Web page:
Insects, Insects, Insects!

Flea beetles . . . look closely!

Flea beetles . . . look closely!

Flea beetles — Phyllotreta vittula

Flea beetles — Phyllotreta vittula. Credit: Wikipedia

I wish, as organic farmers, we could just say our plants are soooo healthy, they just repel insects on their own. . . 

While it is true that healthy plants can be less attractive to insect pests and less susceptible to disease, we still sometimes have to fight the fight.

Some years that’s more true than others . . . this year spring flea beetles have been voracious and everywhere . . . they even somehow got under the rowcovers that usually keep them off the crops.

They must have been just waiting in the soil for us to seed their favorite meal: arugula and mustards. You may recognize the little pinholes . . . and I am pointing at one of the mini black beetles . . . looks like a flea!  Sometimes we just need to accept the insect’s transformation of our crop and just exclaim, “Holy Arugula, Batman!”… or make the perforated leaves sound fancy:  “Ah, arugula lace salad for dinner tonight….”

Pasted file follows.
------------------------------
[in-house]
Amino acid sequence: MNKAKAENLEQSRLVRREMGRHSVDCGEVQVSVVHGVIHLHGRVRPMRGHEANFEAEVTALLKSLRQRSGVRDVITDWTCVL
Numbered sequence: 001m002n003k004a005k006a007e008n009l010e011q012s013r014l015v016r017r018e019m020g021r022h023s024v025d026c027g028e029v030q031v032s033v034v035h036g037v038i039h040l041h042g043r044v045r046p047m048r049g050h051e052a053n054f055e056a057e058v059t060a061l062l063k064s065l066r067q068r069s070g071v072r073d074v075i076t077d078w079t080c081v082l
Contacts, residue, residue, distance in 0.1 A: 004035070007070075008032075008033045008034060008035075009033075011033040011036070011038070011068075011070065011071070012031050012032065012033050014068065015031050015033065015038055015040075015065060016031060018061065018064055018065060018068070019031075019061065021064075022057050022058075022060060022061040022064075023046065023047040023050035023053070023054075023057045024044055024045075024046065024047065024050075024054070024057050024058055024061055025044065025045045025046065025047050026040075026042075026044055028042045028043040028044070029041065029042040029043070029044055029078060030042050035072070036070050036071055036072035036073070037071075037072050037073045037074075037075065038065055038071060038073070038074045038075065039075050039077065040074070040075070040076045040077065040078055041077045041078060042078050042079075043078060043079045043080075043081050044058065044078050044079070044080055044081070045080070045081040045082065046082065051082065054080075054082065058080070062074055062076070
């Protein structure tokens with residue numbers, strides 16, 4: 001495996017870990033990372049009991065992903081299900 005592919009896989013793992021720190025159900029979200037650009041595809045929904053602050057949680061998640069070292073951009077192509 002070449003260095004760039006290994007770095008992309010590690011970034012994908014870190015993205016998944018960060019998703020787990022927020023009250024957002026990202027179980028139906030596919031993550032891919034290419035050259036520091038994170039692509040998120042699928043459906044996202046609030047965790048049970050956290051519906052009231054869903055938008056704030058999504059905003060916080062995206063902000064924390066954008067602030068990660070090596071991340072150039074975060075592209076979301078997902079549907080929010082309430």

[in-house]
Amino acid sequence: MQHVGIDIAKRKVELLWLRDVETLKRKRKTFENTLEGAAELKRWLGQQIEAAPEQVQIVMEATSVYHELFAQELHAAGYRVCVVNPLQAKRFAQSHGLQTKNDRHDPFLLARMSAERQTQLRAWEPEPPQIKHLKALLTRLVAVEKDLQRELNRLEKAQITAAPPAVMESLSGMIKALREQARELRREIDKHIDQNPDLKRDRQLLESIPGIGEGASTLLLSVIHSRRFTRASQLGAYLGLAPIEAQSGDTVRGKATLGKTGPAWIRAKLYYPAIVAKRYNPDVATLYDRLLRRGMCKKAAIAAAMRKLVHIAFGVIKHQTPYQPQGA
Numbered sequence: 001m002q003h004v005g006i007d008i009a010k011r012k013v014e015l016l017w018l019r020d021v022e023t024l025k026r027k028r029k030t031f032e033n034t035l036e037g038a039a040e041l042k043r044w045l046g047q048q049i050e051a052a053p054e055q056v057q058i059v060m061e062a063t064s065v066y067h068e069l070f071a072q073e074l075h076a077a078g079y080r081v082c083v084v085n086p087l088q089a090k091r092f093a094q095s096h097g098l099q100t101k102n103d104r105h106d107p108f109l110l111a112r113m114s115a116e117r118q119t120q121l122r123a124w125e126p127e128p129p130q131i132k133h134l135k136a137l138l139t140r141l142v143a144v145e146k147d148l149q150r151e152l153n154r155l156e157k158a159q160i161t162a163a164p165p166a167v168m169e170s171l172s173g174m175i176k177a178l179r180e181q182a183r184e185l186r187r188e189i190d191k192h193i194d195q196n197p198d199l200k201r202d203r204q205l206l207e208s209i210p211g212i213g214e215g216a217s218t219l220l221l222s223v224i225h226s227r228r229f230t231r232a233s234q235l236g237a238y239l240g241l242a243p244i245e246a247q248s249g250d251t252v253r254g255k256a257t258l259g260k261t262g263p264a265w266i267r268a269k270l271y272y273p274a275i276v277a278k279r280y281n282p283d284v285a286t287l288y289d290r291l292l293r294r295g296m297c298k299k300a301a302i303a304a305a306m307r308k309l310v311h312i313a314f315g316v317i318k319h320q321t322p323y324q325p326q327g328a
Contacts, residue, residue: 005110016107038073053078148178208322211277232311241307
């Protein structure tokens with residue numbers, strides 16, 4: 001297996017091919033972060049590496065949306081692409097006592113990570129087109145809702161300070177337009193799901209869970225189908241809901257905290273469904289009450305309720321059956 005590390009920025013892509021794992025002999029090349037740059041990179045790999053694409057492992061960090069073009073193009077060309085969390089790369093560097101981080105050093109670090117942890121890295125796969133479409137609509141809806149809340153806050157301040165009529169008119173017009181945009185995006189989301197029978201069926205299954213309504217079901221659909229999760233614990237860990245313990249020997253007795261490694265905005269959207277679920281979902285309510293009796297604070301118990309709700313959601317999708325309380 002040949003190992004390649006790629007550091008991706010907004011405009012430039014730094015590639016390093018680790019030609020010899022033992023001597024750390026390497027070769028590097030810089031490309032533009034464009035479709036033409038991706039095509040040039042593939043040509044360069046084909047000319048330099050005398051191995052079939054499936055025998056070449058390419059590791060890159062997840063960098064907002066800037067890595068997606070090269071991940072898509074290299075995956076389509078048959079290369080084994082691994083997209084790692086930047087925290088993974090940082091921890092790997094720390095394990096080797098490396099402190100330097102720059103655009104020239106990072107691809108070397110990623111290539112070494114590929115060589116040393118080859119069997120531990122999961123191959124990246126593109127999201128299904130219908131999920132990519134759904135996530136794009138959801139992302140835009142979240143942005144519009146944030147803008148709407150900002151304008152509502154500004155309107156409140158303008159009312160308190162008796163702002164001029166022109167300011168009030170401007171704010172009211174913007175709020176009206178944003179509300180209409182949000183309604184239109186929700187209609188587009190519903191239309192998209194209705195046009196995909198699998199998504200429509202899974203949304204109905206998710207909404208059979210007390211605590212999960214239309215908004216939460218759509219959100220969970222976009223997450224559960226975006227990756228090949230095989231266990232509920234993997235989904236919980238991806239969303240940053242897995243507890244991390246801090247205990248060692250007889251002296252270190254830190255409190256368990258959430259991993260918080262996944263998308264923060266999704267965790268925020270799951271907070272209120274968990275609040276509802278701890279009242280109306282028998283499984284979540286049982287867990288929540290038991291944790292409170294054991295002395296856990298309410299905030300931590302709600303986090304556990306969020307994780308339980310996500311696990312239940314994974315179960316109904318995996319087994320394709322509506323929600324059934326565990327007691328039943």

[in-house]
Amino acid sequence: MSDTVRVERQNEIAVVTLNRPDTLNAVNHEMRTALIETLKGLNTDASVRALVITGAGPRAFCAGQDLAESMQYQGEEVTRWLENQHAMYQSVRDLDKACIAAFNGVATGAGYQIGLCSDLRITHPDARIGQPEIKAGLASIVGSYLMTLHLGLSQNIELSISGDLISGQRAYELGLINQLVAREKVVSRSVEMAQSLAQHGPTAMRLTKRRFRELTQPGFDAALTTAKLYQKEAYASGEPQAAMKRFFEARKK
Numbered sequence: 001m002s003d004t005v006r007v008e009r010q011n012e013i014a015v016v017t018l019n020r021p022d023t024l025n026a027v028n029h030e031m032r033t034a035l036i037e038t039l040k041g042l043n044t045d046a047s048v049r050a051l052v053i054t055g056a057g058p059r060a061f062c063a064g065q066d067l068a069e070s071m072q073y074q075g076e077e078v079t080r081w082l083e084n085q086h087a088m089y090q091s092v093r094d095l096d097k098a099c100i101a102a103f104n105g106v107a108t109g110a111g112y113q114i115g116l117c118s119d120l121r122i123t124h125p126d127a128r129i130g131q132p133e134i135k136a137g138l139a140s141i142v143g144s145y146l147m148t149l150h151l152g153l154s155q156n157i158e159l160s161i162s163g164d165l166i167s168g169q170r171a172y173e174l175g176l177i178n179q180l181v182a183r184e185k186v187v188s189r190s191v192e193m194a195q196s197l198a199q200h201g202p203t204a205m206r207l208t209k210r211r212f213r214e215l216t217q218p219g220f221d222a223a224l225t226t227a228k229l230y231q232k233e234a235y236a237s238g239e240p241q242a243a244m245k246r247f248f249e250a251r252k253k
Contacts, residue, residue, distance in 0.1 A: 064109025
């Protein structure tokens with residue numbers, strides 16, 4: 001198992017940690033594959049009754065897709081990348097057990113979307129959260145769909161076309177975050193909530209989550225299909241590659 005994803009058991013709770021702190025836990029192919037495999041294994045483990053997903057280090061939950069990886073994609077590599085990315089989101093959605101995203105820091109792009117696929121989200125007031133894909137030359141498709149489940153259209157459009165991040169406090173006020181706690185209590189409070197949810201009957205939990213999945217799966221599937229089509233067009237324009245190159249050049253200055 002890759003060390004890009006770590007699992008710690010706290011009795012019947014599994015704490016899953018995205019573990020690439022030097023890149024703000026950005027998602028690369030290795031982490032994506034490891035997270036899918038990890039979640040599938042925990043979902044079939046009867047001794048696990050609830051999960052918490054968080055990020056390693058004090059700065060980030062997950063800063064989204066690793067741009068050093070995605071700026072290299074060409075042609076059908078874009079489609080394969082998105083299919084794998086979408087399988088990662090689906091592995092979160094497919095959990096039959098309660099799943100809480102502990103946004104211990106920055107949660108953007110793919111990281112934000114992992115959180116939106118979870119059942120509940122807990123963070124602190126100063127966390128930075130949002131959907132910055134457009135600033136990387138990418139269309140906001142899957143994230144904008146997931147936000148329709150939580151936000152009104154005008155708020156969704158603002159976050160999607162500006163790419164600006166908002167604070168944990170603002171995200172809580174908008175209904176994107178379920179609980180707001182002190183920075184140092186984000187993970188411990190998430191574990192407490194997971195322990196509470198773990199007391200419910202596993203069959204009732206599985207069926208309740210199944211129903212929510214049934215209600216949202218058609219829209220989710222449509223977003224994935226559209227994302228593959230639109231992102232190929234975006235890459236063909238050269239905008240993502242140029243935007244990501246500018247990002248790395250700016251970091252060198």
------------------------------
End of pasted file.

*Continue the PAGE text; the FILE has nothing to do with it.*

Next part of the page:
Cucumbers after a visit from their beetle friends

Cucumbers after a visit from their beetle friends

We are also having quite a problem with striped cucumber beetles in our greenhouse. You may have wondered what those marks are on the cucumbers that you have been getting in your CSA share or at the farmers’ market. That is the mark of the cucumber beetles just lightly nibbling on the cukes when they are tiny . . . these are the scars . . . Really it is just skin deep, it’s nothing a peeler won’t help us out with.

Striped cuke beetle

Striped cuke beetle going to work . . . Credit: Wikipedia

And here is the little rascal responsible:

 

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